Whether you're looking to refinance, make a purchase, or sell your home, the appraisal is a make-or-break step in the process. The appraiser is charged with determining the most appropriate value for your home. Understanding how the appraisal process works and what your appraiser is looking for can help you navigate the experience.
6 Things a Home Appraiser is Looking For in a House
The neighborhood you live in will inform your home's appraised value. Your appraiser will look at several factors, including the characteristics of your neighborhood. This can include factors such as:
- If the area is suburban, urban, or rural
- Land use, for example, one-unit housing, multifamily, commercial, etc.
- Typical site size
- Architectural styles in the neighborhood
- Street patterns and design
- Crime rates
- Local schools
The Home's General Condition
Another important factor that will influence your appraisal is the condition of your home. Your appraiser may look at the home's exterior and interior to help determine this, evaluating things such as:
- The integrity and condition of the roof, foundation, guttering, and siding.
- The condition of your floors and walls
- General maintenance and upkeep
These, among other factors, may influence the value of your home. Investing in home maintenance can help improve these factors, so take care to address issues such as chipped paint and leaky faucets.
Driveway and Parking
Having a paved driveway is not only appealing to homeowners and shoppers, but it can also contribute to your home's value! This is particularly true if you have an unpaved driveway when your neighbor's driveways are mostly paved.
Your appraiser will look at factors such as the type of driveway you have -- is it gravel, asphalt, concrete, or another material? They'll also evaluate car storage options, such as if a one or two-car garage is available.
Your landscaping contributes to your home’s curb appeal, and as such, it can make an impact on the appraisal.
The Appraisal Institute encourages homeowners thinking about their property's value to consider landscaping options like:
- Design basics such as a simple walkway and planters.
- Trees. Mature trees can add property value and save on energy costs by providing shade.
- Local plants that require little water and maintenance.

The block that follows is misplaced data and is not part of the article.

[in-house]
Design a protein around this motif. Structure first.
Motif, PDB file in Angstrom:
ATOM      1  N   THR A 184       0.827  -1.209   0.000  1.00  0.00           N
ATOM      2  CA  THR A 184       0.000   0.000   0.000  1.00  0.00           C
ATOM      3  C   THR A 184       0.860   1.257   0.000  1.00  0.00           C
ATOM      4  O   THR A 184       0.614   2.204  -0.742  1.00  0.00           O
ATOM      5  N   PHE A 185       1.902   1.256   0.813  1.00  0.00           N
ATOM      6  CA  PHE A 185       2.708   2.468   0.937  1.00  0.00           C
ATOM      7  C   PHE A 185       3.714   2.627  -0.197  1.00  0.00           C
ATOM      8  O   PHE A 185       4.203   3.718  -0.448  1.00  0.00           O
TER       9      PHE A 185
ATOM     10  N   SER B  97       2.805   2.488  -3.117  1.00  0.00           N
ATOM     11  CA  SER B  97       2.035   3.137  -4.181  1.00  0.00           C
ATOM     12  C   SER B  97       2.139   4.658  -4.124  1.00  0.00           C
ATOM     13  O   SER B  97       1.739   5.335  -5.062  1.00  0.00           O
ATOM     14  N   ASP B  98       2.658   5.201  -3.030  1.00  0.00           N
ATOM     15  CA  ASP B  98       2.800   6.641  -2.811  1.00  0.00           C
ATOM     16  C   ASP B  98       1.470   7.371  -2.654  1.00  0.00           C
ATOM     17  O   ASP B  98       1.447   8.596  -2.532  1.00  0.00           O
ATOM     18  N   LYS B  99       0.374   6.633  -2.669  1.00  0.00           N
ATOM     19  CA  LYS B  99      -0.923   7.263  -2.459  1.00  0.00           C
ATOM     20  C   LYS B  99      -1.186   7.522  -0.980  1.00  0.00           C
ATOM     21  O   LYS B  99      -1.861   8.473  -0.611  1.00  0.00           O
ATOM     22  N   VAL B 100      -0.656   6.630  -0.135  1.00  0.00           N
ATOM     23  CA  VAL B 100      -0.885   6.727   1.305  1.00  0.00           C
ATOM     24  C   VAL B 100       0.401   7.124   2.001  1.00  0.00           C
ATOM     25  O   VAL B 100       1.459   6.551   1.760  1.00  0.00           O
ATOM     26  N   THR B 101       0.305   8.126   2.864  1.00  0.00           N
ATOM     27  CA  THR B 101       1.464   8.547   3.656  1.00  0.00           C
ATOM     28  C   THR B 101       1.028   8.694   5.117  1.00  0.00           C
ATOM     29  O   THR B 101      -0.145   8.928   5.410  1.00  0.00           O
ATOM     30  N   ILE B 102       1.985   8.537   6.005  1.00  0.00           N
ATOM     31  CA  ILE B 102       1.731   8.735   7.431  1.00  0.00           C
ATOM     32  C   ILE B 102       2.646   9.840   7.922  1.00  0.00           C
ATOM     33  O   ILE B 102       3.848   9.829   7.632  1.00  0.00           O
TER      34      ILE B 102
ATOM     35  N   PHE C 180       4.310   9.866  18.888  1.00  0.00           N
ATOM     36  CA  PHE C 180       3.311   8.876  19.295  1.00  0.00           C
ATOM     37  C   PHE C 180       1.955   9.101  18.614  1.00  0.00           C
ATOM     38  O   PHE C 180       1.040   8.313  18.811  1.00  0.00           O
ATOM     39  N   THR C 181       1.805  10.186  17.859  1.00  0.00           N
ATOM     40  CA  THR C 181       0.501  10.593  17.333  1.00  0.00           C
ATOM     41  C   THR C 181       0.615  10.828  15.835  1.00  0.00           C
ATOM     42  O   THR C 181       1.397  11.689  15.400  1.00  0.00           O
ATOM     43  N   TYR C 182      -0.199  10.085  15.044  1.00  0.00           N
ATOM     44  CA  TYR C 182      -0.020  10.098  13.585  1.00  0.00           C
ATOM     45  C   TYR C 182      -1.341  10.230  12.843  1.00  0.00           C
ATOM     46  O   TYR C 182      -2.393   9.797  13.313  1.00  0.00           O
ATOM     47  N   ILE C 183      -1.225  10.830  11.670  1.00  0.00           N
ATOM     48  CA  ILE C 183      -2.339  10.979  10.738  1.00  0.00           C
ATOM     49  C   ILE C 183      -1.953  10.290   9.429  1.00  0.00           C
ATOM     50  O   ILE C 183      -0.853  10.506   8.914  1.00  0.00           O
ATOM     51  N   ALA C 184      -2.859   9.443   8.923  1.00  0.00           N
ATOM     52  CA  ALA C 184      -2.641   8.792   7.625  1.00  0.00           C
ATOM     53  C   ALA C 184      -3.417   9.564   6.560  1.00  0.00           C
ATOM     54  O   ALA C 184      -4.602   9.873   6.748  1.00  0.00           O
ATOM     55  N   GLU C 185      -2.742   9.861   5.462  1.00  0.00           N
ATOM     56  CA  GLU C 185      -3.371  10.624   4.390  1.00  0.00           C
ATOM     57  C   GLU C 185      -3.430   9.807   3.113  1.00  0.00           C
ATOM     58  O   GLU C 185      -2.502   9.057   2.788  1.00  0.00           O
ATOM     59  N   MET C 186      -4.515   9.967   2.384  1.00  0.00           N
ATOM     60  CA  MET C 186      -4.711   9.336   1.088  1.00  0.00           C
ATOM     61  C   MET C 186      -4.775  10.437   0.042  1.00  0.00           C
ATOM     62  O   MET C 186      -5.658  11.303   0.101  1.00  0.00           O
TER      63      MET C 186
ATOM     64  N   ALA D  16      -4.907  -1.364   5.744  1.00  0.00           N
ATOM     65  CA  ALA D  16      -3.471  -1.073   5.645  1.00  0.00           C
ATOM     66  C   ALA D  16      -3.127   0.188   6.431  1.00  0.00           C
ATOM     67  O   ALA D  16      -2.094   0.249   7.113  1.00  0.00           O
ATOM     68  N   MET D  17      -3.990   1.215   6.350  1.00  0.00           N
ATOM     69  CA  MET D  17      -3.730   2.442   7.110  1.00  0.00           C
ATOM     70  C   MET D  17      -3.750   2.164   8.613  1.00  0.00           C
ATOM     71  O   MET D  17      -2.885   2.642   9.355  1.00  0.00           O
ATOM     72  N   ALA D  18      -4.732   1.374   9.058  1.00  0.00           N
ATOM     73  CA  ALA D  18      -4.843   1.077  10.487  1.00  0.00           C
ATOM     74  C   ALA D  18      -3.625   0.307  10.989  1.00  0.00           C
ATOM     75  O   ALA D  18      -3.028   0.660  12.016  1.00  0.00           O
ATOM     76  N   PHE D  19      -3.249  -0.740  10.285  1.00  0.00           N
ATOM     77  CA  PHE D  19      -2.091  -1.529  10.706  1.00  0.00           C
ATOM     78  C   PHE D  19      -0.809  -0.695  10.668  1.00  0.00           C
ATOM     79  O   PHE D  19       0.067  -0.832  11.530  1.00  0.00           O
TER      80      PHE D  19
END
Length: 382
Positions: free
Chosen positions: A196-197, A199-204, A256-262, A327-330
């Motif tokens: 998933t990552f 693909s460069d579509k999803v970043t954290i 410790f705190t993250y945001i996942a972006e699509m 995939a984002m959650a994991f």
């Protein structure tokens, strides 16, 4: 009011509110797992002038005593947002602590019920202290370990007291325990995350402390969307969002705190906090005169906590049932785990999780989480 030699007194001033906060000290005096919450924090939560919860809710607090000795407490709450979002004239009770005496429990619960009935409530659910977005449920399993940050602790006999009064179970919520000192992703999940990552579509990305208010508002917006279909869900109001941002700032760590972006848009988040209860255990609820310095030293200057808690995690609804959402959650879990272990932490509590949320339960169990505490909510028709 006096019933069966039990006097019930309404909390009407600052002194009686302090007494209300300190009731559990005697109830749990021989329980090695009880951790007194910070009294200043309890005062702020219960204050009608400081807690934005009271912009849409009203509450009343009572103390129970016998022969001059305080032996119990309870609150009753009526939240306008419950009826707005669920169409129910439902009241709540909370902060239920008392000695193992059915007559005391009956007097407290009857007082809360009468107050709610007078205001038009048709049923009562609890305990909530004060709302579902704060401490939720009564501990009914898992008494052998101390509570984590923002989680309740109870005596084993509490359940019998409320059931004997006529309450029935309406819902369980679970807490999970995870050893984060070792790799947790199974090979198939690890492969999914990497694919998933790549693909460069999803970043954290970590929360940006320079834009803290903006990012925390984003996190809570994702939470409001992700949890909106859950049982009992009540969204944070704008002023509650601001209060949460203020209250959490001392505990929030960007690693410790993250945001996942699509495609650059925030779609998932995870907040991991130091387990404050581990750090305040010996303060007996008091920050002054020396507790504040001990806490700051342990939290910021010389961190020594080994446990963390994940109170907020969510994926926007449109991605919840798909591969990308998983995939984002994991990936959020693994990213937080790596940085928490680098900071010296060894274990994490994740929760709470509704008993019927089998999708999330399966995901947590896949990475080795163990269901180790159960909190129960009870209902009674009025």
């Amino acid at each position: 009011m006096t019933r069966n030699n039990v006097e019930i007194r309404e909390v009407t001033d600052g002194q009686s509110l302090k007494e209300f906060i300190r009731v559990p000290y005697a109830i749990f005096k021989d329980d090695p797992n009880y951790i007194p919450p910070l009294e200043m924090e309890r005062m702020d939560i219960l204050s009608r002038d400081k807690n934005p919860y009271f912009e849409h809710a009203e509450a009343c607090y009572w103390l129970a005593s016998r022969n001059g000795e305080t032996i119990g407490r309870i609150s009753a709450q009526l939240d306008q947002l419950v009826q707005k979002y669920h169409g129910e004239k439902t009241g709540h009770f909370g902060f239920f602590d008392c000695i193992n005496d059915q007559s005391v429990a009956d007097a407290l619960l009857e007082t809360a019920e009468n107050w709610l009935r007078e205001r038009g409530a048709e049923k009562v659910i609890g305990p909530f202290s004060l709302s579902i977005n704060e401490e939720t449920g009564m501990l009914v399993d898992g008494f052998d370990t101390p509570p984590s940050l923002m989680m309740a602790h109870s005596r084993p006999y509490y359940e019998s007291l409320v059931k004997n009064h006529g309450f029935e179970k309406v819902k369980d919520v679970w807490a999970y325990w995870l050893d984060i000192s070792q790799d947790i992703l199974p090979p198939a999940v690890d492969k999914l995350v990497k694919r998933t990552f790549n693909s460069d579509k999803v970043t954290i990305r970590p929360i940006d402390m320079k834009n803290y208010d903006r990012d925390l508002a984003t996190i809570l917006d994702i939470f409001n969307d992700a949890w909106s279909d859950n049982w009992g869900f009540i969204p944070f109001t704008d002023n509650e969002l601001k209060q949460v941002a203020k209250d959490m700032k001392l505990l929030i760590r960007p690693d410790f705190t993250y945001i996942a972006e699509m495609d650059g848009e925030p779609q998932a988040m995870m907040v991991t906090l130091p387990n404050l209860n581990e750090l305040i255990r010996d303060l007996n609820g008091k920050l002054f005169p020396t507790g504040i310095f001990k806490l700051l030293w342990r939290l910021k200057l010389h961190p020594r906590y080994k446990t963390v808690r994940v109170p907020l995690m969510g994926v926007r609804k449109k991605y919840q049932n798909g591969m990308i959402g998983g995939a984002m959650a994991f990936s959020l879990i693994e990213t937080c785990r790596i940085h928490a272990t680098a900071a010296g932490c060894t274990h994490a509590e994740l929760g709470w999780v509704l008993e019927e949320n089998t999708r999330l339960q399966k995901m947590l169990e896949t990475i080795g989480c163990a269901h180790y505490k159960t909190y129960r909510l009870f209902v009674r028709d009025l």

Any Improvements and Upgrades
Your appraiser will also want to know about any improvements, upgrades, or additions that have been made to your home. This can include things like:
- Energy-efficient appliances and features
- A patio, deck, or porch
- Kitchen and bathroom upgrades
It may be helpful to compile a list of major home improvements, including the date of installation, cost, and permit confirmation if available.
In addition to the square footage of your home, your appraisal will consider your home's design and functionality.
The appraiser will verify the number of rooms using a standard known as the gross living area, or GLA. Your appraiser may also consider the design of your home. For example, a home with more timeless finishes appraises differently than a home finished with dated design trends that were popular in the 80s.
Other Home Systems
The condition and age of your home's systems such as plumbing, electrical, and HVAC can impact your home appraisal. Updates to these systems can make a home more functional and liveable by modern standards.
What Your Appraiser Won't Look At
There are many features your appraiser will consider when evaluating your home. However, your personal property won't add to your home's value. The definition of personal property includes any movable features and decor. This includes things like ceiling fans and shutters, a microwave, a shed, or even a hot tub.
A home appraisal is a crucial step to refinancing or selling your home. Investing in basic home maintenance, such as investing in regular upkeep for your asphalt driveway, can help make the process a bit smoother.